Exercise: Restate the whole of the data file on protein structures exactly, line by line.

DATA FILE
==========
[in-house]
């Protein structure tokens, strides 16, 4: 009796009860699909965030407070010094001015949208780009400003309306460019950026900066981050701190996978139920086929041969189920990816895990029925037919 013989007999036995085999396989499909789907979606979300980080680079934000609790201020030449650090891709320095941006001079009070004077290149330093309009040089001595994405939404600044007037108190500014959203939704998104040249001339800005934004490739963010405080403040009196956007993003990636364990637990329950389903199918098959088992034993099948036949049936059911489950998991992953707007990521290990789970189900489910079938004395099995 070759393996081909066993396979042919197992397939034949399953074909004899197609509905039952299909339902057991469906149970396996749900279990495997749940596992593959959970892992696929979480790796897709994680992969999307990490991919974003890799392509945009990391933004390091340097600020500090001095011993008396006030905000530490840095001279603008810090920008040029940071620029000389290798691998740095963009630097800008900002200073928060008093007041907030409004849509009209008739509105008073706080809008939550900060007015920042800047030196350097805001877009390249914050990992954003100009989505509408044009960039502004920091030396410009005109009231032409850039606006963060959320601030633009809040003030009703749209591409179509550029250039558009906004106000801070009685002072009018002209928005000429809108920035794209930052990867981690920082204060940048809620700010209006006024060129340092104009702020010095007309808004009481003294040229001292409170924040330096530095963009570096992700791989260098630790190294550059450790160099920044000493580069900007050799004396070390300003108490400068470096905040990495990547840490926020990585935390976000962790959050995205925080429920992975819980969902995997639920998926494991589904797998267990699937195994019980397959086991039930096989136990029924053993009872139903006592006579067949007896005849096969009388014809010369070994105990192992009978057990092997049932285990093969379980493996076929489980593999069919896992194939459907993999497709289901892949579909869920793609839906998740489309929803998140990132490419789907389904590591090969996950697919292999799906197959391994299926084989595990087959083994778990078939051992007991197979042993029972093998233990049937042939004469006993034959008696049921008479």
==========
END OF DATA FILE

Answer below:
[in-house]
């Protein structure tokens, strides 16, 4: 009796009860699909965030407070010094001015949208780009400003309306460019950026900066981050701190996978139920086929041969189920990816895990029925037919 013989007999036995085999396989499909789907979606979300980080680079934000609790201020030449650090891709320095941006001079009070004077290149330093309009040089001595994405939404600044007037108190500014959203939704998104040249001339800005934004490739963010405080403040009196956007993003990636364990637990329950389903199918098959088992034993099948036949049936059911489950998991992953707007990521290990789970189900489910079938004395099995 070759393996081909066993396979042919197992397939034949399953074909004899197609509905039952299909339902057991469906149970396996749900279990495997749940596992593959959970892992696929979480790796897709994680992969999307990490991919974003890799392509945009990391933004390091340097600020500090001095011993008396006030905000530490840095001279603008810090920008040029940071620029000389290798691998740095963009630097800008900002200073928060008093007041907030409004849509009209008739509105008073706080809008939550900060007015920042800047030196350097805001877009390249914050990992954003100009989505509408044009960039502004920091030396410009005109009231032409850039606006963060959320601030633009809040003030009703749209591409179509550029250039558009906004106000801070009685002072009018002209928005000429809108920035794209930052990867981690920082204060940048809620700010209006006024060129340092104009702020010095007309808004009481003294040229001292409170924040330096530095963009570096992700791989260098630790190294550059450790160099920044000493580069900007050799004396070390300003108490400068470096905040990495990547840490926020990585935390976000962790959050995205925080429920992975819980969902995997639920998926494991589904797998267990699937195994019980397959086991039930096989136990029924053993009872139903006592006579067949007896005849096969009388014809010369070994105990192992009978057990092997049932285990093969379980493996076929489980593999069919896992194939459907993999497709289901892949579909869920793609839906998740489309929803998140990132490419789907389904590591090969996950697919292999799906197959391994299926084989595990087959083994778990078939051992007991197979042993029972093998233990049937042939004469006993034959008696049921008479």